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Clark calls Iraq war 'blunder'

In reversal, says he would have voted no to use of force

IOWA CITY -- Democratic presidential candidate Wesley K. Clark reversed an earlier opinion that he probably would have voted for war in Iraq, telling a cheering college-town crowd the invasion was "a major blunder" he never would have supported. Clark said his Army career taught him that "the use of force is only a last resort" that wasn't justified in Iraq.

"I'm a soldier," he said. "I've laid on the battlefield bleeding."

While the use of force can occasionally be justified, he said, "it's not a way to solve problems and resolve disputes. It's very difficult to change people's minds when you are bombing them and killing them."

Clark sought to blunt a controversy that arose as he opened his campaign. The core is his resume as a retired four-star general with the credibility to challenge President Bush and oppose the war in Iraq.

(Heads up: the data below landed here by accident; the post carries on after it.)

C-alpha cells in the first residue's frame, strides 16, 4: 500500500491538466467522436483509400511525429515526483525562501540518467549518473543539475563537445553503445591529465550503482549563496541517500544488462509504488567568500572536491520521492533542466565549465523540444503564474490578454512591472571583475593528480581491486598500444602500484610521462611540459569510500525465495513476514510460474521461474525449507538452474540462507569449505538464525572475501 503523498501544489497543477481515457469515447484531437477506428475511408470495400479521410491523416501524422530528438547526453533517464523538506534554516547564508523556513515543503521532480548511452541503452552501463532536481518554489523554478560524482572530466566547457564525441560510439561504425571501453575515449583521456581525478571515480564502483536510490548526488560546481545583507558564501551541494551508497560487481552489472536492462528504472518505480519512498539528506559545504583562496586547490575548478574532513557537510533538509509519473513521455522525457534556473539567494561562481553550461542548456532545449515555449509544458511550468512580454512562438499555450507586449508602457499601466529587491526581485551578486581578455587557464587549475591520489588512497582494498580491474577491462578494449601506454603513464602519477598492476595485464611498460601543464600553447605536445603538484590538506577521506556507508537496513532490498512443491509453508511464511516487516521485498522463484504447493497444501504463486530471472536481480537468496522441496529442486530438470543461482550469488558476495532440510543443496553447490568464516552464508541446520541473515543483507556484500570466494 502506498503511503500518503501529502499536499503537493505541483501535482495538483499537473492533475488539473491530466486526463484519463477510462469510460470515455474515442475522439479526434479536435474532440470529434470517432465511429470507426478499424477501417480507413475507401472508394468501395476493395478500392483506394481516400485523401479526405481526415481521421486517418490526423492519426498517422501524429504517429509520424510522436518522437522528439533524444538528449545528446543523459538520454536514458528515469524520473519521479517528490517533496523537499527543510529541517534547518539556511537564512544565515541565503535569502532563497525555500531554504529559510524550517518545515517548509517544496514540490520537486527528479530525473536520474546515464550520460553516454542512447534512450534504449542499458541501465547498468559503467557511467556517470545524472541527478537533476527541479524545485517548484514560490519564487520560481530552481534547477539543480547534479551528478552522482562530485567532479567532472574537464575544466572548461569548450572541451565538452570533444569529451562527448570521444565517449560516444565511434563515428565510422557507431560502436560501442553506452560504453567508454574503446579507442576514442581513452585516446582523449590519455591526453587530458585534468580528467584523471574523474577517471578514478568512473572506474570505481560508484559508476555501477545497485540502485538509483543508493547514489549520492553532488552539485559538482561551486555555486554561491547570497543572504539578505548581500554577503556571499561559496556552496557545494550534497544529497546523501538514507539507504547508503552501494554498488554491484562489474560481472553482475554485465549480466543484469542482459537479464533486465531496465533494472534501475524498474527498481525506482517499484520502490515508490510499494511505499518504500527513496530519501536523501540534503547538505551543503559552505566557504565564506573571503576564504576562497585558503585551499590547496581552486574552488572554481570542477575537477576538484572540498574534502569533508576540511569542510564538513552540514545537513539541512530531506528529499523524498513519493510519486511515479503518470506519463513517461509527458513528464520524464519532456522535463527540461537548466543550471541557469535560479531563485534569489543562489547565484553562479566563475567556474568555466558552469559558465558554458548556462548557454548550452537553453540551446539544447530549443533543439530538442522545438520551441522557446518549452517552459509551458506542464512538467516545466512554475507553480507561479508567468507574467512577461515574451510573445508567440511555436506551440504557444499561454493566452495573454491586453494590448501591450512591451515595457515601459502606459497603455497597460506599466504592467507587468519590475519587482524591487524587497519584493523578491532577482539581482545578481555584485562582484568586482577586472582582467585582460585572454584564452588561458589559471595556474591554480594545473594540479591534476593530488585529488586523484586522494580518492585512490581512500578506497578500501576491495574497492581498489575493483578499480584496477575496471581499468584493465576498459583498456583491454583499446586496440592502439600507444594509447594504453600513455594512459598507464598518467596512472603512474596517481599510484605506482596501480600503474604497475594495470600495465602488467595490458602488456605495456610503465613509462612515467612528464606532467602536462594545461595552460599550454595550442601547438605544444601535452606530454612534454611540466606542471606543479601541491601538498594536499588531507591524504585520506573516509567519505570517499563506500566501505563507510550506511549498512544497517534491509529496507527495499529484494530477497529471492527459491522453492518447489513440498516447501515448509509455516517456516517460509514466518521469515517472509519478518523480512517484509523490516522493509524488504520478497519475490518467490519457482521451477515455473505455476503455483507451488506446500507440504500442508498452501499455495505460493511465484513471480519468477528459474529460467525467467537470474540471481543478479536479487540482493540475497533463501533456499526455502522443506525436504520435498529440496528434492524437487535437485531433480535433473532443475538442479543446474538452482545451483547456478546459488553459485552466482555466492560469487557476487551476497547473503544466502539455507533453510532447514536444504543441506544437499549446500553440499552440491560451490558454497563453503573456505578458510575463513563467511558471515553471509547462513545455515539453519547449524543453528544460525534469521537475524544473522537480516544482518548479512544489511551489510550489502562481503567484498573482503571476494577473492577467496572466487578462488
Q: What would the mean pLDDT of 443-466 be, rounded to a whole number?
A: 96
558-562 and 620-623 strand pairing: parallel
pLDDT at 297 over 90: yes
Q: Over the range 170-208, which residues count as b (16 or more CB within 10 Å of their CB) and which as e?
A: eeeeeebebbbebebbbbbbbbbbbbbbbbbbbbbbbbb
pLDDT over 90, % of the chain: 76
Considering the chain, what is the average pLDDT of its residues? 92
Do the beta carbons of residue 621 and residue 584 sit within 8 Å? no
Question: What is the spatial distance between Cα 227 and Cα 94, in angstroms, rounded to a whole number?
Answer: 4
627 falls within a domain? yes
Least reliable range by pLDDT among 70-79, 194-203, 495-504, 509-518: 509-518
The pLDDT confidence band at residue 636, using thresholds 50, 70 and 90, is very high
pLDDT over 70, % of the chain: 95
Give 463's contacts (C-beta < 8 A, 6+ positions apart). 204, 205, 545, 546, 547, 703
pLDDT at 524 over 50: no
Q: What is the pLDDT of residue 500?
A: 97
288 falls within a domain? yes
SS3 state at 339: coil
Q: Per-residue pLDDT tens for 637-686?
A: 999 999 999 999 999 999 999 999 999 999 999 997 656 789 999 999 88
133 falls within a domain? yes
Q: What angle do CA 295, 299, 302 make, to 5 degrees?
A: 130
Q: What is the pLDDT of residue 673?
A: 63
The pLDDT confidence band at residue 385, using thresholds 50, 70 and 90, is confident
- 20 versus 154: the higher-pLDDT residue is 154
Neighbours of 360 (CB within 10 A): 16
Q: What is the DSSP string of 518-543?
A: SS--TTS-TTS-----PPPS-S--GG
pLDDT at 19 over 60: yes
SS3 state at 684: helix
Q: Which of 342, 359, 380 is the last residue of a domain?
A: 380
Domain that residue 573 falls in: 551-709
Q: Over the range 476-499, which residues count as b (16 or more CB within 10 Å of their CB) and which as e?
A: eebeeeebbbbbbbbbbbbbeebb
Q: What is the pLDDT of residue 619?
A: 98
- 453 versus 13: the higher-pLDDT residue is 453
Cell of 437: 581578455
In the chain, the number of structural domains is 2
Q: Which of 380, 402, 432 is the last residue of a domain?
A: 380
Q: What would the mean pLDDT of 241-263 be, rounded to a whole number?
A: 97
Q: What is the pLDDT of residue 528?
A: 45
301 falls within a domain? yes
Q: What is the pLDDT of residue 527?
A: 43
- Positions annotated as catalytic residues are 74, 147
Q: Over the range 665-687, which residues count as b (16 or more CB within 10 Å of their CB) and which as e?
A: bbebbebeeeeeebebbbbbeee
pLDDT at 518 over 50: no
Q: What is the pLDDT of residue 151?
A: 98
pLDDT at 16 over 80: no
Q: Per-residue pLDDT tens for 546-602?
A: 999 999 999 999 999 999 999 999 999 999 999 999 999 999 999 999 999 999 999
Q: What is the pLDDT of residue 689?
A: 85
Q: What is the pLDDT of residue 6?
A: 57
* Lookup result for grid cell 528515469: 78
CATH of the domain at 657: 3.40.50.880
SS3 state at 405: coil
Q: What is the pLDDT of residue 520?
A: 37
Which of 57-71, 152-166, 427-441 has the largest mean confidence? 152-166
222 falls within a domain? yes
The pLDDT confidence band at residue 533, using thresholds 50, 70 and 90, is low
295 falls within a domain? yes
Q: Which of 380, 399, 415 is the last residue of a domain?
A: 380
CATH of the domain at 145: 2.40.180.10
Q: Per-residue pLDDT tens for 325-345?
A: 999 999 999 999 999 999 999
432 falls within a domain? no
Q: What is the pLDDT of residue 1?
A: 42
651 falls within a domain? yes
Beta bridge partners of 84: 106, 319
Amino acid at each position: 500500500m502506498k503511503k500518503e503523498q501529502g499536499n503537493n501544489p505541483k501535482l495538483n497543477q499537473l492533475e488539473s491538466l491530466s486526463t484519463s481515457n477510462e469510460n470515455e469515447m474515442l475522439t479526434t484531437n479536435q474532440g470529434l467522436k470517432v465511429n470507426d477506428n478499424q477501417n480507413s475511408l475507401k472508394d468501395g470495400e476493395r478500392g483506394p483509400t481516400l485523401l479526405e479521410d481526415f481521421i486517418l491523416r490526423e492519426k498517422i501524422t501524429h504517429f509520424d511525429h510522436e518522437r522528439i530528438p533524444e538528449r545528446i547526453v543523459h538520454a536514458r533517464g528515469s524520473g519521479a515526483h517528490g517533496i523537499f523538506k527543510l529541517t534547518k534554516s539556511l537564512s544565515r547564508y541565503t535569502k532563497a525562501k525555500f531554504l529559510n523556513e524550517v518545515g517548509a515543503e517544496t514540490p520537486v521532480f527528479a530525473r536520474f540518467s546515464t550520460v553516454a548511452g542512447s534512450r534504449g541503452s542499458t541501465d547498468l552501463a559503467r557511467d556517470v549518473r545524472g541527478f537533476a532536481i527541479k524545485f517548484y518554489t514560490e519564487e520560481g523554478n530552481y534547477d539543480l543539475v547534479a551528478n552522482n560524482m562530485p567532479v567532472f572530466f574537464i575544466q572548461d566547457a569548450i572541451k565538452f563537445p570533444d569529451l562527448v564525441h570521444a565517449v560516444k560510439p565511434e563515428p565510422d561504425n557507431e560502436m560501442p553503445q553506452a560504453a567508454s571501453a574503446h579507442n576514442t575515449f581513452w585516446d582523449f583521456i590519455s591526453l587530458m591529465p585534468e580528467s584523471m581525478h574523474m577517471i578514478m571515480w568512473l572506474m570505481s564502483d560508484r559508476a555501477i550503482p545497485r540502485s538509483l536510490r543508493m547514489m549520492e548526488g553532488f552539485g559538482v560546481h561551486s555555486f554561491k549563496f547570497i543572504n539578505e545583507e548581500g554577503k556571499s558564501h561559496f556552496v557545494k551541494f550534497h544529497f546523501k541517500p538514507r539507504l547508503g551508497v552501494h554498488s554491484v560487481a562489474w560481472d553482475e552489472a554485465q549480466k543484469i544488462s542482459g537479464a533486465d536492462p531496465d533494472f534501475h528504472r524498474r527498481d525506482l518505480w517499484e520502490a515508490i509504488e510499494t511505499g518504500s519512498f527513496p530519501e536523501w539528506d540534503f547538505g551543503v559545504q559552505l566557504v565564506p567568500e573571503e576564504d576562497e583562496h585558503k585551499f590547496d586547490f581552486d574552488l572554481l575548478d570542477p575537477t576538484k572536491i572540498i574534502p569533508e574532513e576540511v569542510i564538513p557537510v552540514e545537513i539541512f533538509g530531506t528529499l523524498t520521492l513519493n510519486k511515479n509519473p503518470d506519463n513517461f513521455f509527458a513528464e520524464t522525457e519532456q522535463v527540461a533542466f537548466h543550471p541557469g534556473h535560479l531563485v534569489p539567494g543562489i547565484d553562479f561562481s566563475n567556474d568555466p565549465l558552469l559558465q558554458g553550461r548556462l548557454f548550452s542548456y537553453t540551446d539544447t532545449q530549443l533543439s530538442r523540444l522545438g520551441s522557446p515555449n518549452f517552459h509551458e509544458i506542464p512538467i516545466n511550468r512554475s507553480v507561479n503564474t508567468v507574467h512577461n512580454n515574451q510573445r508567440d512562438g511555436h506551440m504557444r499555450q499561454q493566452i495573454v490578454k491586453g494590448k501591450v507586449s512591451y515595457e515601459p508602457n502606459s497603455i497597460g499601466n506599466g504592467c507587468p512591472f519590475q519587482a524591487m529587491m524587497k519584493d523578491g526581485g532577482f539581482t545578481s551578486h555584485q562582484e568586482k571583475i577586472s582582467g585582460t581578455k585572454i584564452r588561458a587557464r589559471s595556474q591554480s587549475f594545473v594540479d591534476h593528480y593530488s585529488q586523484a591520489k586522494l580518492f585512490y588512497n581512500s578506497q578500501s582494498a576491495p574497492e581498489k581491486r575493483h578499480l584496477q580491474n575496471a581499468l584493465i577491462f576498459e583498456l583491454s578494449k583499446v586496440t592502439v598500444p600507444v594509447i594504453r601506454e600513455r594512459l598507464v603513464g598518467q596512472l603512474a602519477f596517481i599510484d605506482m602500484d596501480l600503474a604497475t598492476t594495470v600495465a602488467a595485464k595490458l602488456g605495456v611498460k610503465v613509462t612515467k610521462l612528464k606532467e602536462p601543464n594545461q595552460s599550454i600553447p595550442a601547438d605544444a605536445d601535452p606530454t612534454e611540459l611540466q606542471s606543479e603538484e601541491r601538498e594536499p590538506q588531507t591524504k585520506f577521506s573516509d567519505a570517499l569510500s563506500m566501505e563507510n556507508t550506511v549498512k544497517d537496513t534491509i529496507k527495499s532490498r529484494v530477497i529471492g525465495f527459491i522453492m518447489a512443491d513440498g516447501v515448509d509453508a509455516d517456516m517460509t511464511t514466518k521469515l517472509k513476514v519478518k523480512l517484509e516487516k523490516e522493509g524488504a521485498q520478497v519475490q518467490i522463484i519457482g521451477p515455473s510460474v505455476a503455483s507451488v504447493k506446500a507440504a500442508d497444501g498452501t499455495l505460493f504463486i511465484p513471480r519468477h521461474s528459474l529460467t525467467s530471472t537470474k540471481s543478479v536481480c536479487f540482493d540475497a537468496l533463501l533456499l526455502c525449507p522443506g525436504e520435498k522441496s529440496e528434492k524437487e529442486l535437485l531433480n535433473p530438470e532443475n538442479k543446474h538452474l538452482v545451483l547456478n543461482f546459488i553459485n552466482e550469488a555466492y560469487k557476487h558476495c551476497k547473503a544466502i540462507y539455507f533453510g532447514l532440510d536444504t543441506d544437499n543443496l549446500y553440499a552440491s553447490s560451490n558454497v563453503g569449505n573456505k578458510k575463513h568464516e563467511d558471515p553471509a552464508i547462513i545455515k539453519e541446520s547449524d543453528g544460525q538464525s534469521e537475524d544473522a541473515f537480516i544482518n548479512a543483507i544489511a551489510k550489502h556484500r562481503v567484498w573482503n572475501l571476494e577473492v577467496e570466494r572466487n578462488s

Many of his backers expressed surprise when Clark told reporters he probably would have voted to authorize the use of force.

"At the time, I probably would have voted for it, but I think that's too simple a question," Clark said Thursday.

In a speech Friday to more than 1,000 people jammed into a lecture hall at the University of Iowa and in interviews, Clark underscored his opposition to the war, explaining: "There may be times when you may have to use force, but only as a last resort.

"Let's make one thing real clear, I would never have voted for this war, never," Clark said in an interview.

"I've gotten a very consistent record on this. There was no imminent threat. This was not a case of preemptive war. I would have voted for the right kind of leverage to get a diplomatic solution, an international solution to the challenge of Saddam Hussein."

Clark's initial remarks left members of his campaign team flummoxed.

"That caught me off guard a little. The general has been very critical of the war," said George Bruno, a New Hampshire activist.

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